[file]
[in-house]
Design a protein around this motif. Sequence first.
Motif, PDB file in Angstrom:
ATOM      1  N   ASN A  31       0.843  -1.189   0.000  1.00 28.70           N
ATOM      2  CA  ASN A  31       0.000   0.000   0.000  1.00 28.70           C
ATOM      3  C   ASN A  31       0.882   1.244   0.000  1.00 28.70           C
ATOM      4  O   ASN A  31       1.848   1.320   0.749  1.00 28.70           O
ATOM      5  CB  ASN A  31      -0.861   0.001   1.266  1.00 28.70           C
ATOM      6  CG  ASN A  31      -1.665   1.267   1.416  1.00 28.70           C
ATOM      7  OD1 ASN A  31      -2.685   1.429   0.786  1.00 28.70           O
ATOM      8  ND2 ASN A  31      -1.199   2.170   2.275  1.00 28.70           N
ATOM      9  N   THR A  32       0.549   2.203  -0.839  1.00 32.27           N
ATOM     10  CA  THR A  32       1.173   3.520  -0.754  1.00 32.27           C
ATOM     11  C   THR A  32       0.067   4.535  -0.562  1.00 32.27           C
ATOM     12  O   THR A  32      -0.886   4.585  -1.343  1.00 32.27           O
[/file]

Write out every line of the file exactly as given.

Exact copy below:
[in-house]
Design a protein around this motif. Sequence first.
Motif, PDB file in Angstrom:
ATOM      1  N   ASN A  31       0.843  -1.189   0.000  1.00 28.70           N
ATOM      2  CA  ASN A  31       0.000   0.000   0.000  1.00 28.70           C
ATOM      3  C   ASN A  31       0.882   1.244   0.000  1.00 28.70           C
ATOM      4  O   ASN A  31       1.848   1.320   0.749  1.00 28.70           O
ATOM      5  CB  ASN A  31      -0.861   0.001   1.266  1.00 28.70           C
ATOM      6  CG  ASN A  31      -1.665   1.267   1.416  1.00 28.70           C
ATOM      7  OD1 ASN A  31      -2.685   1.429   0.786  1.00 28.70           O
ATOM      8  ND2 ASN A  31      -1.199   2.170   2.275  1.00 28.70           N
ATOM      9  N   THR A  32       0.549   2.203  -0.839  1.00 32.27           N
ATOM     10  CA  THR A  32       1.173   3.520  -0.754  1.00 32.27           C
ATOM     11  C   THR A  32       0.067   4.535  -0.562  1.00 32.27           C
ATOM     12  O   THR A  32      -0.886   4.585  -1.343  1.00 32.27           O